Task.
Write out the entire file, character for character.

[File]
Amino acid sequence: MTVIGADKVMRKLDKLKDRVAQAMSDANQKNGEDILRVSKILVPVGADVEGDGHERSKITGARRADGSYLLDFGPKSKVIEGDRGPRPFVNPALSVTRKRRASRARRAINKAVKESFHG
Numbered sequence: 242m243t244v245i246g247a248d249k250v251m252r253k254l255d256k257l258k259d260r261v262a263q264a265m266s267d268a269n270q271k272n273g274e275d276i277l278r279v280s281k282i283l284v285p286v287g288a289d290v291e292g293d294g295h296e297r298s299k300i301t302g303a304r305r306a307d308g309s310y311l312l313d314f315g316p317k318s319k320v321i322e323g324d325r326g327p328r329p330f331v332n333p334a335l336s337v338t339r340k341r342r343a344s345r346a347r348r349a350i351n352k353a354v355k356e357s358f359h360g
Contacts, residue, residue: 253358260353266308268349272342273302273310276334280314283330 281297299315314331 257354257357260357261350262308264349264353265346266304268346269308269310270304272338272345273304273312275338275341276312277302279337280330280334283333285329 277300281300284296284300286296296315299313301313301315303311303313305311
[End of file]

Amino acid sequence: MTVIGADKVMRKLDKLKDRVAQAMSDANQKNGEDILRVSKILVPVGADVEGDGHERSKITGARRADGSYLLDFGPKSKVIEGDRGPRPFVNPALSVTRKRRASRARRAINKAVKESFHG
Numbered sequence: 242m243t244v245i246g247a248d249k250v251m252r253k254l255d256k257l258k259d260r261v262a263q264a265m266s267d268a269n270q271k272n273g274e275d276i277l278r279v280s281k282i283l284v285p286v287g288a289d290v291e292g293d294g295h296e297r298s299k300i301t302g303a304r305r306a307d308g309s310y311l312l313d314f315g316p317k318s319k320v321i322e323g324d325r326g327p328r329p330f331v332n333p334a335l336s337v338t339r340k341r342r343a344s345r346a347r348r349a350i351n352k353a354v355k356e357s358f359h360g
Contacts, residue, residue: 253358260353266308268349272342273302273310276334280314283330 281297299315314331 257354257357260357261350262308264349264353265346266304268346269308269310270304272338272345273304273312275338275341276312277302279337280330280334283333285329 277300281300284296284300286296296315299313301313301315303311303313305311